Who Was Mary?

Botanist, mother, author, environmental leader, avid outdoorswoman, homemaker, visionary, grandmother, educator, respected friend. These are just a few of the words that could be used to describe Mary DeDecker. She was born in Oklahoma (1909), then moved to Southern California during her childhood. In 1935, Mary, her husband Paul, and two young daughters moved to Independence. The family delighted in exploring the mountains and valleys of their vast and wild new home.

Mary DeDecker, taking a close look.

Mary’s long interest in plants drew her to closer inspection of the flora of the region. She became a self-taught botanist and began sending specimens to botanists at academic institutions throughout the country who were eager to receive plants from this remote region. On her own, Mary collected, keyed, and preserved thousands of plant specimens in a private herbarium in Paul’s well-kept garage. She became the undisputed authority on the flora of the eastern Sierra and northern Mojave.

She discovered more than one plant species new to scientists and she and her daughters created the “common names” for many of the local wildflowers. One important desert foray led to her discovery of a shrub in the buckwheat family (Polygonaceae) that had not been previously described. The shrub turned out to be a new genus and was named in her honor, Dedeckera eurekensis (July gold); in fact, the canyon in which it was discovered was officially named DeDeckera Canyon!

The intrepid Mary DeDecker

As important as her discovery and cataloguing of the numerous species, Mary also worked tirelessly to preserve the unique habitats in which the plants were found. She served on committees and commissions, wrote informed letters and comments to government agencies, authored books and newspaper articles, influenced legislation, fought to save the ecological integrity of the Owens Valley from Los Angeles’ groundwater pumping activities, founded the Bristlecone Chapter of the California Native Plant Society, and ultimately helped not only to raise the public’s awareness of the value of native plant species but also to preserve those species in their natural habitats.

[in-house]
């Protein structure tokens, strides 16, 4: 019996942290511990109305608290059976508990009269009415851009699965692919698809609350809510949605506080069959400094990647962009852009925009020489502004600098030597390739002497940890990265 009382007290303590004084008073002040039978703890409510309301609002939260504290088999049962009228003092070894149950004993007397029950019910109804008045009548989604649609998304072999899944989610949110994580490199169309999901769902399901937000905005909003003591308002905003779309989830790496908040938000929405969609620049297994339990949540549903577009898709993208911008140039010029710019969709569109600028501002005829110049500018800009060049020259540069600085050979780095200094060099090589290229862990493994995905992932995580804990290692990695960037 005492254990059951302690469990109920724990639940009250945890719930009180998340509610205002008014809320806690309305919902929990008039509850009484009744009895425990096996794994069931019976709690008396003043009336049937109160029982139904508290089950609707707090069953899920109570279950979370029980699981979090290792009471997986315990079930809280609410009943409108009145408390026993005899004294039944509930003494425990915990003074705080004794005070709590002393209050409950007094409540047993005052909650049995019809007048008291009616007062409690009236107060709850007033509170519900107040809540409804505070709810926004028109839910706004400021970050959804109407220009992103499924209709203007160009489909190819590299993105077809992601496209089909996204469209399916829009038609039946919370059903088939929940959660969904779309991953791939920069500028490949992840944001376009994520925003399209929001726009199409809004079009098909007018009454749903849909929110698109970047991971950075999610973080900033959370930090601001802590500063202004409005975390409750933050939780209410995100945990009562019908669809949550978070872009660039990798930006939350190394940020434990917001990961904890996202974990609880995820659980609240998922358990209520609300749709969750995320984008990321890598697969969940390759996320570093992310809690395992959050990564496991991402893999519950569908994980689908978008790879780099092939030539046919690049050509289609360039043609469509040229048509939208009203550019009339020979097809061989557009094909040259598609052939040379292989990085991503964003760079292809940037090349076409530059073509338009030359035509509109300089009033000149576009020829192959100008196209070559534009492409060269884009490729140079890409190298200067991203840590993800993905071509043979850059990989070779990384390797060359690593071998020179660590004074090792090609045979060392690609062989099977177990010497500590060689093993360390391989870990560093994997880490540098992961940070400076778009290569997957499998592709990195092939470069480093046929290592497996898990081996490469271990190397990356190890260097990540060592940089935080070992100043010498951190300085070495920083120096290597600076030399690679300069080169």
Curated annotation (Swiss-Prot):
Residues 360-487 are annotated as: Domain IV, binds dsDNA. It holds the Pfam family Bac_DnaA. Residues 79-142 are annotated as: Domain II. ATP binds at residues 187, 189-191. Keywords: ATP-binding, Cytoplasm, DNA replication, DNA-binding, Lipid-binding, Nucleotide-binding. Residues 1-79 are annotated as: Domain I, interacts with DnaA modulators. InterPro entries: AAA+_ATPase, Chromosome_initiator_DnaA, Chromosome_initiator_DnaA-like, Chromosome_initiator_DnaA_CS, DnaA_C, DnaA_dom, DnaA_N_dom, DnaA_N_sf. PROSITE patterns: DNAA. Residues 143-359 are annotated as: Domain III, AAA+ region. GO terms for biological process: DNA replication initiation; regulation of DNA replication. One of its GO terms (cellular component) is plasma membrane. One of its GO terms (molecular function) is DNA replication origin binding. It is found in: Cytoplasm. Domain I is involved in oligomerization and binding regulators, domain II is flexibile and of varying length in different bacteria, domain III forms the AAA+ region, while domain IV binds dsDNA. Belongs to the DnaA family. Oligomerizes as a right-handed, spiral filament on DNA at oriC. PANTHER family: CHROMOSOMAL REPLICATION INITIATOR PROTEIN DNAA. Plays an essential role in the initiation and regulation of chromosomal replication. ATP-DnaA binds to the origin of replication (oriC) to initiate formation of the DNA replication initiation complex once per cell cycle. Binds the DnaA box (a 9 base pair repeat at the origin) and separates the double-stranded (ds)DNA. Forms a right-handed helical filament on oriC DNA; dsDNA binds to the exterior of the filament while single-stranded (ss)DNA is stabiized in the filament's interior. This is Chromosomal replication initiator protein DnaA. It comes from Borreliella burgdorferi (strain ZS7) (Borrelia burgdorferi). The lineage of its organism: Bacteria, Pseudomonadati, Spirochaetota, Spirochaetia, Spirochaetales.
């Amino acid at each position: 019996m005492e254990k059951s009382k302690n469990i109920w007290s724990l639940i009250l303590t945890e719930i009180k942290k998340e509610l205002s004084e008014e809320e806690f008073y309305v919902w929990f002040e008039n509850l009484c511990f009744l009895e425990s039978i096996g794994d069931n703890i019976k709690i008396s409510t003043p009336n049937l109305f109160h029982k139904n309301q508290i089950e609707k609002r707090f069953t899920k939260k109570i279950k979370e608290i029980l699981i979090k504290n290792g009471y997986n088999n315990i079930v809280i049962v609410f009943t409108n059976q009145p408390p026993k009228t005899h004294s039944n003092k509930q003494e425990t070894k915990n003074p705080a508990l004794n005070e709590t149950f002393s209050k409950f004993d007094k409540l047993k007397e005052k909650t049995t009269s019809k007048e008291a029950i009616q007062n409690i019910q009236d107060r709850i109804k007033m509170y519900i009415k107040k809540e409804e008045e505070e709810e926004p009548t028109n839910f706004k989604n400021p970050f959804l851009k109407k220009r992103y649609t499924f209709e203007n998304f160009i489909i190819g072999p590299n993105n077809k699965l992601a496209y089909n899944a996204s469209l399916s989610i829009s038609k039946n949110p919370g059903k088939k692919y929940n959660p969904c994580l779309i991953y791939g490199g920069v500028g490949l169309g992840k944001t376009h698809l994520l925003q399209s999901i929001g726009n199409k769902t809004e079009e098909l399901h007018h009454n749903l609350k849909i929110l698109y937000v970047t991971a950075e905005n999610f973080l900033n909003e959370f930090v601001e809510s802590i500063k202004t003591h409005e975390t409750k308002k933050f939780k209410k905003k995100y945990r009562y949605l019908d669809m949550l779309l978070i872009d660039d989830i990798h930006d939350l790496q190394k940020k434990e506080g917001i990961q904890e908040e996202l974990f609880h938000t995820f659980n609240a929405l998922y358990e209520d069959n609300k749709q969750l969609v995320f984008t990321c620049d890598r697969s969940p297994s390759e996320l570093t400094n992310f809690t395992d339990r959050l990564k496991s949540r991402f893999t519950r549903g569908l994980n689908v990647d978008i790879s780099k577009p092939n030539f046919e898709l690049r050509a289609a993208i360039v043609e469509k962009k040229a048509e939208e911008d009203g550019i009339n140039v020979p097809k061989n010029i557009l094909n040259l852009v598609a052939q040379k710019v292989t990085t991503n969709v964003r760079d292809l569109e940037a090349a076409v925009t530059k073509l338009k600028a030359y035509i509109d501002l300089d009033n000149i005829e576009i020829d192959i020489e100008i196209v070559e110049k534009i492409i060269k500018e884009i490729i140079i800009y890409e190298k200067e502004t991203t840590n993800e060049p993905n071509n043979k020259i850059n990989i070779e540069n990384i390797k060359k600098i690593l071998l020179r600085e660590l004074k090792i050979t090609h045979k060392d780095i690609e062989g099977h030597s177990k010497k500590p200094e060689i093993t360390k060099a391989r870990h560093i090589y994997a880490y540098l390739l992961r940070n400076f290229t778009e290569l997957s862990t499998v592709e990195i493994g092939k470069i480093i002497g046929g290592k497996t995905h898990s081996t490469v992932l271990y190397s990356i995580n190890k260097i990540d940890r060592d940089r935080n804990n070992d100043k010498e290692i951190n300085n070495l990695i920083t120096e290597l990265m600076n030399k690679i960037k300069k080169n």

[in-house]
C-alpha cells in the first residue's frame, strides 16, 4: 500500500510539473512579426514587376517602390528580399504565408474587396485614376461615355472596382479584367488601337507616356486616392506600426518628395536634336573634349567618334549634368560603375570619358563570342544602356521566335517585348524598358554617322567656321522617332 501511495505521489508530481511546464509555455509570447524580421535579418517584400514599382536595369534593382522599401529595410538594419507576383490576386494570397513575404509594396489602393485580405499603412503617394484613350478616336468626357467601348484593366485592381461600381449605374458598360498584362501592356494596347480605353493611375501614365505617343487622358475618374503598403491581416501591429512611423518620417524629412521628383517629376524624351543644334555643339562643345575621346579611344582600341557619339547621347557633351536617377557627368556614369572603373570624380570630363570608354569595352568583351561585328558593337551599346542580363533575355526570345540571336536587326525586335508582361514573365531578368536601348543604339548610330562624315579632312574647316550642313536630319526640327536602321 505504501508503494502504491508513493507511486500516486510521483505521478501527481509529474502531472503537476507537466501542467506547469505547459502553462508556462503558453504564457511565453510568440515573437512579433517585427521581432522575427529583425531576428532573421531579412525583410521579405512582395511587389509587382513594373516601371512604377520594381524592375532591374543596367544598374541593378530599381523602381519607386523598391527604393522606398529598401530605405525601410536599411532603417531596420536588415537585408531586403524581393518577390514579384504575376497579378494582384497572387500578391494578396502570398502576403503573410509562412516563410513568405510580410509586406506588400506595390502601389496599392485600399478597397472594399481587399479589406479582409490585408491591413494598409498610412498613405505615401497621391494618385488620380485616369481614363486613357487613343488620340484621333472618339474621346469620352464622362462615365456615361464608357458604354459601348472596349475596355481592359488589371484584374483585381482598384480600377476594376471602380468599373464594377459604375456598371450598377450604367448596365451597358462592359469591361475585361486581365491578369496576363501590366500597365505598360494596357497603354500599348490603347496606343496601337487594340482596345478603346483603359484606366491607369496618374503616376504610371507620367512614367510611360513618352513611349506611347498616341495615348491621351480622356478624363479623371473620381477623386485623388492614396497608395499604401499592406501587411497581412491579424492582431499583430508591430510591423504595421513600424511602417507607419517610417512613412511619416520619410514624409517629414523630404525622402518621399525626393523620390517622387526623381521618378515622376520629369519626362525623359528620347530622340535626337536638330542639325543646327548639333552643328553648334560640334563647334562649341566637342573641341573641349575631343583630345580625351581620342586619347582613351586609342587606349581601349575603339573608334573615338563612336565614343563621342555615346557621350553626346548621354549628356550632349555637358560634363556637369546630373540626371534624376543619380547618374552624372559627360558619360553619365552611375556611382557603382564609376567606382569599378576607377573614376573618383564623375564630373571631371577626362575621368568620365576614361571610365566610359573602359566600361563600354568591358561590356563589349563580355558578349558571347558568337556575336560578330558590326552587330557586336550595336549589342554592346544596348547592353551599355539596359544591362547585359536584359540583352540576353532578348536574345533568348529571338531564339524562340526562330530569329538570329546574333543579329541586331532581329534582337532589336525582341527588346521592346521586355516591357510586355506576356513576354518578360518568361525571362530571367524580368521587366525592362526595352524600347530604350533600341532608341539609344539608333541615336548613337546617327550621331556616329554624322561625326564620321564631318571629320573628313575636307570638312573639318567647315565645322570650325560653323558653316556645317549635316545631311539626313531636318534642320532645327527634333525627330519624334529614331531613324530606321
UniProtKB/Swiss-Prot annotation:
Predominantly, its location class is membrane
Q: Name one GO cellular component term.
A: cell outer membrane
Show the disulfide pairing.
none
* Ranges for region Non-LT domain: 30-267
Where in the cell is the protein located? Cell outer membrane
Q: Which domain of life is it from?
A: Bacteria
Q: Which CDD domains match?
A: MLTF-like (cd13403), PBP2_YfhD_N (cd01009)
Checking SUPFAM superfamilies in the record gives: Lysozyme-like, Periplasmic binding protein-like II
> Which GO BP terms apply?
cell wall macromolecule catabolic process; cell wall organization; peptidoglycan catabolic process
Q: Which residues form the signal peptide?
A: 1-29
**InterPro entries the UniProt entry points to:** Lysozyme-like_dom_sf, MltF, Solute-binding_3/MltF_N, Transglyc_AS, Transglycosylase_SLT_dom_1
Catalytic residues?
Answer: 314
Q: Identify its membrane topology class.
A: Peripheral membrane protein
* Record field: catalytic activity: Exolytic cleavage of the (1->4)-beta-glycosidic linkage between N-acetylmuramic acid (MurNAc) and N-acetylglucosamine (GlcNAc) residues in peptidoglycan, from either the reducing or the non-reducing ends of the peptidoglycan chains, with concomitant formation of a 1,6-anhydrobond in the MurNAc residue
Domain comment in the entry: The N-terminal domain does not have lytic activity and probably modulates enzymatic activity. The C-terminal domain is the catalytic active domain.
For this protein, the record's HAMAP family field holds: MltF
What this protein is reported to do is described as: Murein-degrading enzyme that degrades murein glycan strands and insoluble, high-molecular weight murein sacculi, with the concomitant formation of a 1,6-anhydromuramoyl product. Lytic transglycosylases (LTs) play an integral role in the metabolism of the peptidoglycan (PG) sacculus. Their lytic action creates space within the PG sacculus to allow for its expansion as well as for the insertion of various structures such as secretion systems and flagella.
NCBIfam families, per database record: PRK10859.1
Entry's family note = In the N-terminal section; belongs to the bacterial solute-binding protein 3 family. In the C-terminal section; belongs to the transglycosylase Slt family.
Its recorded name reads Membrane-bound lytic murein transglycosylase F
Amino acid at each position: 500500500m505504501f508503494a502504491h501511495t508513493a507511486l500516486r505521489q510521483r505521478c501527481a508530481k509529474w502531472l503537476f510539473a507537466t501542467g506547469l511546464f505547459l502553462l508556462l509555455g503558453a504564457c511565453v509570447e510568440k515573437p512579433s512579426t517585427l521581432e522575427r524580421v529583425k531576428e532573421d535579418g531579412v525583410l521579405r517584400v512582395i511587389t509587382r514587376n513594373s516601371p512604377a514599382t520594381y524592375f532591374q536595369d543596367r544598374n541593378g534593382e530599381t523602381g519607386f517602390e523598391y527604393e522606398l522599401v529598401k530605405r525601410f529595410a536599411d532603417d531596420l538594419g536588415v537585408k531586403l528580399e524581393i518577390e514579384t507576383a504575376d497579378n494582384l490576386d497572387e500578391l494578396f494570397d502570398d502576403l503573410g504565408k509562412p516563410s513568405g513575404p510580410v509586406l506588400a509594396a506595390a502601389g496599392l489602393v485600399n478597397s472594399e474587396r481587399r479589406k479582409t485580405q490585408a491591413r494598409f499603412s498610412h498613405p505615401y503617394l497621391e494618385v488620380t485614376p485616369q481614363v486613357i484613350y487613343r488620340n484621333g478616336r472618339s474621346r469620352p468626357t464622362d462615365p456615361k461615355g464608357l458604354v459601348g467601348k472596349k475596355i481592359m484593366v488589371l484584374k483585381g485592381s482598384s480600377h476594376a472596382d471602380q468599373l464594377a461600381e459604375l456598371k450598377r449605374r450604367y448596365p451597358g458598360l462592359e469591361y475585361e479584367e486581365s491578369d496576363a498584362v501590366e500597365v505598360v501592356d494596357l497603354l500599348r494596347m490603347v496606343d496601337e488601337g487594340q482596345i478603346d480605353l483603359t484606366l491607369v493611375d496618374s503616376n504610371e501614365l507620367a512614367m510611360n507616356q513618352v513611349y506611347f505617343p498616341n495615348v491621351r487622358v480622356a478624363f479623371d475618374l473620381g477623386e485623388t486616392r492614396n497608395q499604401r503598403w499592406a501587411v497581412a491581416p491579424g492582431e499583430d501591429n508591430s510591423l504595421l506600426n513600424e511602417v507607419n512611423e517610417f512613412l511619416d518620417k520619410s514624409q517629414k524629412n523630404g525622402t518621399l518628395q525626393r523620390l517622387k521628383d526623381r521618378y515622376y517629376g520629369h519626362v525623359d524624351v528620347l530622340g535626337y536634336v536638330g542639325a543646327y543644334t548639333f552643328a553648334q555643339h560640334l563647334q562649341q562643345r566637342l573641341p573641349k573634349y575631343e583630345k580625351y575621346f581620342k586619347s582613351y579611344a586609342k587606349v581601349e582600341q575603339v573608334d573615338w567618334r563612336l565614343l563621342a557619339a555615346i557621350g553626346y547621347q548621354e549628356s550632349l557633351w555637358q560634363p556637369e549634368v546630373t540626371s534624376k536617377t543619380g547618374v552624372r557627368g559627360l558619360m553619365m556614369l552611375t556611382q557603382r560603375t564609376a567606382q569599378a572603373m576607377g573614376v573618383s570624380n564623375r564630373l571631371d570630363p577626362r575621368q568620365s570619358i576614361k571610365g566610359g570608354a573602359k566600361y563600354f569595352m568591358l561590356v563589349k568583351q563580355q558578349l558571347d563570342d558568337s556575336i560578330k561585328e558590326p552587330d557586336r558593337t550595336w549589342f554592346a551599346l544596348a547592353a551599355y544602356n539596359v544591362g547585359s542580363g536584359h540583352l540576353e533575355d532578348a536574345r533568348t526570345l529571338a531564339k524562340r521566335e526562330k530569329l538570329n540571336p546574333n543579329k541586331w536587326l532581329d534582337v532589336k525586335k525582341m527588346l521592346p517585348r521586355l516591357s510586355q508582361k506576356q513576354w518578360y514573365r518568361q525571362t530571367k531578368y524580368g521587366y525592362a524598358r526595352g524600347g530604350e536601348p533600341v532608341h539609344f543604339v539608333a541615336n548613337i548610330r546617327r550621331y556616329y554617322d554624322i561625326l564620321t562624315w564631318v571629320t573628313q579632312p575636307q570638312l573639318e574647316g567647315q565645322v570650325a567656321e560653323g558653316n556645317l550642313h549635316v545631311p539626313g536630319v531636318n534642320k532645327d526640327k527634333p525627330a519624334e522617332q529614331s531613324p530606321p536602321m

In September 2000, Mary DeDecker passed away, but her work will continue through the efforts of the many people she inspired.

Keep the Legacy Alive

Enjoy the fruits of Mary’s labor and continue the work she began decades ago.

Mary DeDecker Botanical Grant

Help to continue Mary DeDecker’s life work by contributing to the knowledge, appreciation and conservation of local native plants:  apply for the Mary DeDecker Botanical Grant!

Plant Checklists

Have you been keeping notes and creating lists on your botanical forays?  Contribute plant checklists to our chapter database.

Mary DeDecker Native Plant Garden

Visit the Mary DeDecker Native Plant Garden in Independence, right next to the Eastern California Museum.  Watch our News and Events page and Facebook page for volunteer workdays at the garden.

Native Plant Sales

Support the Mary DeDecker Botanical Grant by creating your own native plant garden with plants from our chapter native plant sales.  Plant sale proceeds go to funding the grant program.

Make a contribution in Mary's memory

Donations can be sent to:

Bristlecone Chapter, CNPS
PO Box 364
Bishop, CA 93515